Does domestication result in medication?

Do our human hands inevitably meddle in the natural balance?

It’s not like you see raccoons on blood thinners, or armadillos on muscle builders. The natural world has its own ways of inoculating, and soothing, and inhibiting its inhabitants. But, what are we without progress?! Onward and upward as they say. Up and up. Maybe someday we’ll notice that things have become livable beyond upgrade. Does a progressive civilization ever “comfortably” plateau? It isn’t really at all in human nature to plateau. The mind continues to spitfire, and the legs keep churning, don’t they.

Anyway, I was on about RACEHORSES!

A thoroughbred racehorse is one of mankind’s most treasured and majestic creatures. The speed, the strength… the mane. One of the planet’s most powerful creatures, combining a rare amalgam of land speed and brute force, the thoroughbred rests high above the likes of other sporting animals. In fact, we’ve culturally and socially evolved alongside the thoroughbred since ancient Grecian times. More in fact, the earliest dates historians have been able to pick up, according to Brittanica, are as early as 700 BC. The racehorse could very well have been a fixture of sport prior the recorded goings on of the Greeks. You think Mesopotamians saddled up?!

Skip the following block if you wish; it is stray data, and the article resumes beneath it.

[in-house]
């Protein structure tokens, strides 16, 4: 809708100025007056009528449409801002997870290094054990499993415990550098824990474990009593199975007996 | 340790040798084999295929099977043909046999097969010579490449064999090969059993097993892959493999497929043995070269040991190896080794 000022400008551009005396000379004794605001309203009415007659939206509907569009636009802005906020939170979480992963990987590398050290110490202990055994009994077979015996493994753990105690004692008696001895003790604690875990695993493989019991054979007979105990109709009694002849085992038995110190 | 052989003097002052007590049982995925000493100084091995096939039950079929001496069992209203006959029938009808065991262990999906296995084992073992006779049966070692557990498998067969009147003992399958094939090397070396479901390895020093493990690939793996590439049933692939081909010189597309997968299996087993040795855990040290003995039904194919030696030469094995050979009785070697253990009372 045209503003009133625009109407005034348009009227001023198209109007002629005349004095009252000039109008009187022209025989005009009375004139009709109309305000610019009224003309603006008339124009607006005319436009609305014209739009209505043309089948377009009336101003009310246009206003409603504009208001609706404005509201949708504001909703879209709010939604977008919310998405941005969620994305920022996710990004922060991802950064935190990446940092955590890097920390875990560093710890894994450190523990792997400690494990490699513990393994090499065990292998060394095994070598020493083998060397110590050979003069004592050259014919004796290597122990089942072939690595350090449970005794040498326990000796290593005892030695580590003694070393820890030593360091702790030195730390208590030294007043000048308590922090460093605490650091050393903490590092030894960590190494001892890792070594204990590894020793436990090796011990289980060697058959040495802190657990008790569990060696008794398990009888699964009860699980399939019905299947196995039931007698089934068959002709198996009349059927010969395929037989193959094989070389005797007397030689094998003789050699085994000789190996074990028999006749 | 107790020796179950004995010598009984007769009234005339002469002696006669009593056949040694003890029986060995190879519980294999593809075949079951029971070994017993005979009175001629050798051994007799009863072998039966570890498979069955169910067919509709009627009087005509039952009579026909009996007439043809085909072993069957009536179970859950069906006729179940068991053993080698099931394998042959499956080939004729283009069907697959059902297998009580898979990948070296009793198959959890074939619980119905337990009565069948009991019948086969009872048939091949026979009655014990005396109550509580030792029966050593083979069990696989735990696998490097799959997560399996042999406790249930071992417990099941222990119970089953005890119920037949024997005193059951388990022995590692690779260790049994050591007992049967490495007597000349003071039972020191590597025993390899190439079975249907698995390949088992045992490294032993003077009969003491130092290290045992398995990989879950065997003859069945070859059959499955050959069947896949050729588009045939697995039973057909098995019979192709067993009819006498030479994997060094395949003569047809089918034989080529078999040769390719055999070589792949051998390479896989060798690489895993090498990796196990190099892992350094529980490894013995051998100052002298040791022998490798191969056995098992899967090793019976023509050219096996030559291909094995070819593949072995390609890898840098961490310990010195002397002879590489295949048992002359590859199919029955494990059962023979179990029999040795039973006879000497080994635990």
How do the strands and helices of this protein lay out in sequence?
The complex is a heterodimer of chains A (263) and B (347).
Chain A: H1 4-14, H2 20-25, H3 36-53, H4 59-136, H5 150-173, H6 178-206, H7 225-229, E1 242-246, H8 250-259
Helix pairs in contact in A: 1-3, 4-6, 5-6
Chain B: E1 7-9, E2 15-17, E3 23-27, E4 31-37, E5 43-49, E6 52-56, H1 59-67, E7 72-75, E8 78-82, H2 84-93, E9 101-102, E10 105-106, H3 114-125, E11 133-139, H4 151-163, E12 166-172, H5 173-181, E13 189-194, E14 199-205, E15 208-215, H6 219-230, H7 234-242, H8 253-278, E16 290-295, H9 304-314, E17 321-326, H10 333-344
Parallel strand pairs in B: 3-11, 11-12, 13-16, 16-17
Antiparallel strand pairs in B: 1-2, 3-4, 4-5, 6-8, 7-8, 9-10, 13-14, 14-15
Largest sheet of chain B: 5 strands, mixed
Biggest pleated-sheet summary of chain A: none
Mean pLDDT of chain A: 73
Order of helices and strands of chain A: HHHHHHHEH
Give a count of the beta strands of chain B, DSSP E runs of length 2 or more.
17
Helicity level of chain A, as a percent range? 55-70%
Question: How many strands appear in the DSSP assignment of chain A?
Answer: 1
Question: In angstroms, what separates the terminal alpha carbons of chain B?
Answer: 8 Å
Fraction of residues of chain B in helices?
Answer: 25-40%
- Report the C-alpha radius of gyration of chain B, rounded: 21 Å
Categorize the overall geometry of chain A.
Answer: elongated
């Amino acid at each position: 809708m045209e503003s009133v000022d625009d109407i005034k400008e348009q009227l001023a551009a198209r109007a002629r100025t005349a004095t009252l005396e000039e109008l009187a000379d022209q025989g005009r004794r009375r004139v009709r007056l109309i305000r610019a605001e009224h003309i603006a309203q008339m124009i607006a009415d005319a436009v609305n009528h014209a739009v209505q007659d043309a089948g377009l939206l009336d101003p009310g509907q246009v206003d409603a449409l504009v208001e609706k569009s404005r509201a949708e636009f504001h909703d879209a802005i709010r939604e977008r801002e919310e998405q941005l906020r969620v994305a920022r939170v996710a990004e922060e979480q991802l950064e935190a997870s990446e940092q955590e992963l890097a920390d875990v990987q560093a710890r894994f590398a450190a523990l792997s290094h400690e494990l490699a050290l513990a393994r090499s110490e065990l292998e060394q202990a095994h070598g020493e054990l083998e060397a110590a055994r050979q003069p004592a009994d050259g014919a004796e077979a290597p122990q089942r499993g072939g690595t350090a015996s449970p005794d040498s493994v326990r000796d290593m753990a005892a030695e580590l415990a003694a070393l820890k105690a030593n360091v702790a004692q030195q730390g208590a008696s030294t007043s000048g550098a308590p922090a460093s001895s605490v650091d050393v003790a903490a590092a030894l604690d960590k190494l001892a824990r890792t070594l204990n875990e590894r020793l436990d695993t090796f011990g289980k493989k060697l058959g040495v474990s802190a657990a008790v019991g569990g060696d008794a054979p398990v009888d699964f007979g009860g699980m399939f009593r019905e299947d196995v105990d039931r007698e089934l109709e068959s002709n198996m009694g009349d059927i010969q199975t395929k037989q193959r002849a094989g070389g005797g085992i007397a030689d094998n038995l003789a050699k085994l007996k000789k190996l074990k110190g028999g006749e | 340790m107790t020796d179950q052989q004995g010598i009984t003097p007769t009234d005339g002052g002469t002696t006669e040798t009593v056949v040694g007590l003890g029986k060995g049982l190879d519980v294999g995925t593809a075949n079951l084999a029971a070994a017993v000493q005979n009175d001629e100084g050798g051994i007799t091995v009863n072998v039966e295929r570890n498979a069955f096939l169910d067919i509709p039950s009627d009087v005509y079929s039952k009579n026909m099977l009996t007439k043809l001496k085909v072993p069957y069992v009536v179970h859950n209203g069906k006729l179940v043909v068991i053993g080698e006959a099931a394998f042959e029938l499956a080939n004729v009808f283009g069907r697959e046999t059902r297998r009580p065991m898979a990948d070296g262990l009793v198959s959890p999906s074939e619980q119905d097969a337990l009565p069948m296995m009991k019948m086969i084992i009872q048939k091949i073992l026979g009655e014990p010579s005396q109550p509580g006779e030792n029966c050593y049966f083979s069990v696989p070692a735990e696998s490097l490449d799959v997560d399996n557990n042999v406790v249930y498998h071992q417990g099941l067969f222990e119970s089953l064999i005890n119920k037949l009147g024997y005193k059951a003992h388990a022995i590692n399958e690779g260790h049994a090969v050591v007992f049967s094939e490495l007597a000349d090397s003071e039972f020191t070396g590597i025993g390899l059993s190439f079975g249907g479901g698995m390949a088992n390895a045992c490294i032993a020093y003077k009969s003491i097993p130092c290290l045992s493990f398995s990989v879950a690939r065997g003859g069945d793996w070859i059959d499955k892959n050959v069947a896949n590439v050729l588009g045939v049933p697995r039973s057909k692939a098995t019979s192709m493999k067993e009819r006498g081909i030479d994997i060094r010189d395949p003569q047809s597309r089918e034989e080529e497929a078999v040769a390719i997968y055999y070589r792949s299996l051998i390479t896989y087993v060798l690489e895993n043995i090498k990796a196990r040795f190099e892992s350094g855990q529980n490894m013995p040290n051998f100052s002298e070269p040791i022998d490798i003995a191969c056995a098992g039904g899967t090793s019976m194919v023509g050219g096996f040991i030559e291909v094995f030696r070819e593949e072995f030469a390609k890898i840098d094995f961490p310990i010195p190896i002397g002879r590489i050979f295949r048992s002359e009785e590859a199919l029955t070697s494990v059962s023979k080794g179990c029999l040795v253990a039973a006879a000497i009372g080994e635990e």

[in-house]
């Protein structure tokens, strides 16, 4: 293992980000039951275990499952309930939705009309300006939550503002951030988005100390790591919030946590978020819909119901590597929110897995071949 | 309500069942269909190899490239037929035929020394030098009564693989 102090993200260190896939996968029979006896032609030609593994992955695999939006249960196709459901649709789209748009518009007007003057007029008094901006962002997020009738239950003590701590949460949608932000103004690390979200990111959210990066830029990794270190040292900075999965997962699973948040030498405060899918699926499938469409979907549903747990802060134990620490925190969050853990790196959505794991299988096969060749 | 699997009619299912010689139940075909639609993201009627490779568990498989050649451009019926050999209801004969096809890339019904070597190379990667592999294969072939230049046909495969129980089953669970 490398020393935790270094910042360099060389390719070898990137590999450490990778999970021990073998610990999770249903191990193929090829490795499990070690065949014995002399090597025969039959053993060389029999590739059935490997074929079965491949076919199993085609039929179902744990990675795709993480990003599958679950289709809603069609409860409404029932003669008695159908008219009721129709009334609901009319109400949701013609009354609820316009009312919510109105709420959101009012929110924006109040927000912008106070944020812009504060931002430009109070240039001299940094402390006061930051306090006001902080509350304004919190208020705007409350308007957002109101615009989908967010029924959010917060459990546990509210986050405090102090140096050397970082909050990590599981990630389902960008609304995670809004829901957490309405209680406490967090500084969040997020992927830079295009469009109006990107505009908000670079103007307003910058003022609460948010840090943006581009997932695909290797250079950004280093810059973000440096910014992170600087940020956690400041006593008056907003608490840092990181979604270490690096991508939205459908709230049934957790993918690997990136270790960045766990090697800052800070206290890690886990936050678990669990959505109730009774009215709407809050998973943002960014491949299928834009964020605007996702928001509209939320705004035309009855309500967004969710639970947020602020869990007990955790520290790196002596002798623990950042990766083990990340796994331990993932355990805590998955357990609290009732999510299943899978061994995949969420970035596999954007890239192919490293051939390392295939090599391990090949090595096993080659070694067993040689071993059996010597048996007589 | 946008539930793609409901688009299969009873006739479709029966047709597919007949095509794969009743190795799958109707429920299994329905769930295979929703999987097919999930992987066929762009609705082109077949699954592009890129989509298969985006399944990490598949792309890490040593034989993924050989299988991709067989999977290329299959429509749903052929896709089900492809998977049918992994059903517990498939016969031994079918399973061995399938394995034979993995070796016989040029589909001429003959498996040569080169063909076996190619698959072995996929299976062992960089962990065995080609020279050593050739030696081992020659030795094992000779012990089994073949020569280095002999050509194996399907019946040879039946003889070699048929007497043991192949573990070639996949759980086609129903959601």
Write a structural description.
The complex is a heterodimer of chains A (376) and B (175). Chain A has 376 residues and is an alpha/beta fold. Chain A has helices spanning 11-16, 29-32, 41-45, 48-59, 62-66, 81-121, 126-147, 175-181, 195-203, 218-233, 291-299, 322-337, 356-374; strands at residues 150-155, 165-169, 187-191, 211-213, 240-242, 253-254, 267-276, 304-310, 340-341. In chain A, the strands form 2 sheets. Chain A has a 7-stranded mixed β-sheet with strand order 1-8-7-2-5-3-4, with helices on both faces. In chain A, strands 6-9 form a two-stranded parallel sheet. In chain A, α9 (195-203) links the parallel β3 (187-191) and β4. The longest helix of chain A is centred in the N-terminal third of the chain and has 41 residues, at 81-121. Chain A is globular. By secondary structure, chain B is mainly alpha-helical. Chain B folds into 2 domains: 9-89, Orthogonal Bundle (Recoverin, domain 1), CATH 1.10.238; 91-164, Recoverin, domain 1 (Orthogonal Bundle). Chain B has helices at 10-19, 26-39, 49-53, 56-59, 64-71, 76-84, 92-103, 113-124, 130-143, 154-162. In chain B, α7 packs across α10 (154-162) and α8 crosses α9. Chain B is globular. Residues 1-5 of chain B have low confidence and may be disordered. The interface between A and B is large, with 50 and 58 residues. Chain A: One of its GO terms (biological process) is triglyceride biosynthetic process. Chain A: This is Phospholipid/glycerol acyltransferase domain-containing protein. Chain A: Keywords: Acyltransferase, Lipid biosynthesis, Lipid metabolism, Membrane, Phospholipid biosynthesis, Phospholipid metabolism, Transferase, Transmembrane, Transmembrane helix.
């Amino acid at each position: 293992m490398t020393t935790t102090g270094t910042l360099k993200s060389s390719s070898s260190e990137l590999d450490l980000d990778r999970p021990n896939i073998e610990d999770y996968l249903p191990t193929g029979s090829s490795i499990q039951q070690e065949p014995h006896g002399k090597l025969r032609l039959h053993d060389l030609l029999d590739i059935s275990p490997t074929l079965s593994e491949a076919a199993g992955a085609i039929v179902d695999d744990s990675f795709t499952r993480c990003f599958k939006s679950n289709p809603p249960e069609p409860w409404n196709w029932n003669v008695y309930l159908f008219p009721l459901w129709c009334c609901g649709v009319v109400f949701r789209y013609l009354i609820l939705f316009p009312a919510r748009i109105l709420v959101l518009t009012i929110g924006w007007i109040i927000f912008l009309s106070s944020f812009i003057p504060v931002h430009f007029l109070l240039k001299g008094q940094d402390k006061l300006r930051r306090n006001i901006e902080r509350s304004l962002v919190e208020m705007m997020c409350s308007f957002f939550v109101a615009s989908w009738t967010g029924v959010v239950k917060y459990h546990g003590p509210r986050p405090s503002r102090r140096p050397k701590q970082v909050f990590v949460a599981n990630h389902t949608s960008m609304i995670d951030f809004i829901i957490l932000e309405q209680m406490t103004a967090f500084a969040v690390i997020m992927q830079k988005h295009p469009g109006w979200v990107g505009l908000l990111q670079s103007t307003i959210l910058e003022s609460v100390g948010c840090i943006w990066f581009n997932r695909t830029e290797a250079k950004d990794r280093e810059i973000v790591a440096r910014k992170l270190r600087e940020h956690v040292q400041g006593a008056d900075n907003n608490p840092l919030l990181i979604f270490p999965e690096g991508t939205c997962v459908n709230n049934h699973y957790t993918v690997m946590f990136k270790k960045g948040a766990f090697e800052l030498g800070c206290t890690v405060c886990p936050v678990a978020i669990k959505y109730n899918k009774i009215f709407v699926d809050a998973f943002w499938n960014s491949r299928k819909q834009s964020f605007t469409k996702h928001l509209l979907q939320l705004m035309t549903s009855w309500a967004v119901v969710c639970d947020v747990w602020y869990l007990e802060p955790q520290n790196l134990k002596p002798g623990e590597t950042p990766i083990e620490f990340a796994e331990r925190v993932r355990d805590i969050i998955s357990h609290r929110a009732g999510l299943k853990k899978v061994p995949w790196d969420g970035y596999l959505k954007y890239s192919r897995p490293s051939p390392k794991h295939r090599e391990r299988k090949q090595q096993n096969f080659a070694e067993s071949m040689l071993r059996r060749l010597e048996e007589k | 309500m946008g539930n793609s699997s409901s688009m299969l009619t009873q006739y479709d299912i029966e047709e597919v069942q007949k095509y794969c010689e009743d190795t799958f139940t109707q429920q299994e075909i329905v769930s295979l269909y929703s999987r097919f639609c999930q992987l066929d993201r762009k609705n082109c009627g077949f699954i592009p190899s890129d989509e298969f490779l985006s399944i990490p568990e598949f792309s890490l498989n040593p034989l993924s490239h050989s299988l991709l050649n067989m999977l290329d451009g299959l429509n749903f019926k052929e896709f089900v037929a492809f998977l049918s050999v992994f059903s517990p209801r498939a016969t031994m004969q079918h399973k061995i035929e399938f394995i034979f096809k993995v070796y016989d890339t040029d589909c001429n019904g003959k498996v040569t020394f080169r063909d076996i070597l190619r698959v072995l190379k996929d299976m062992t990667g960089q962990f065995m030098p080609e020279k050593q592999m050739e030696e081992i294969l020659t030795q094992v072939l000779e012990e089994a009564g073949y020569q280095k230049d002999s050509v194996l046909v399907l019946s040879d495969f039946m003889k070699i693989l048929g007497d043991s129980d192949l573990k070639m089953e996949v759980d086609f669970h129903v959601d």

Welcome to Greece. The year is 680 BC, and the upcoming Olympic Games are set to feature, among other pleasantries, both bareback horse racing and chariot racing. There aren’t “jockeys” per say, because nobody’s heard of anything like that, but there are racers of each division that fancy themselves equestrians.

Fast forward to the Crusades. Yay, the Crusades! Europeans find Arabians and the lot racing horses through the dunes, and abscond with them back to the motherland like they did with everything else they fancied. Which brings us to England (noses up). Knights and squires raced for crown and country and purses of pounds. You with me?

And here we are, all a gallop. Centuries of thoroughbreds, dashing through the mud for glory and roses. Maybe American Pharaoh’s family tree includes a Grecian Olympic medalist, hmm.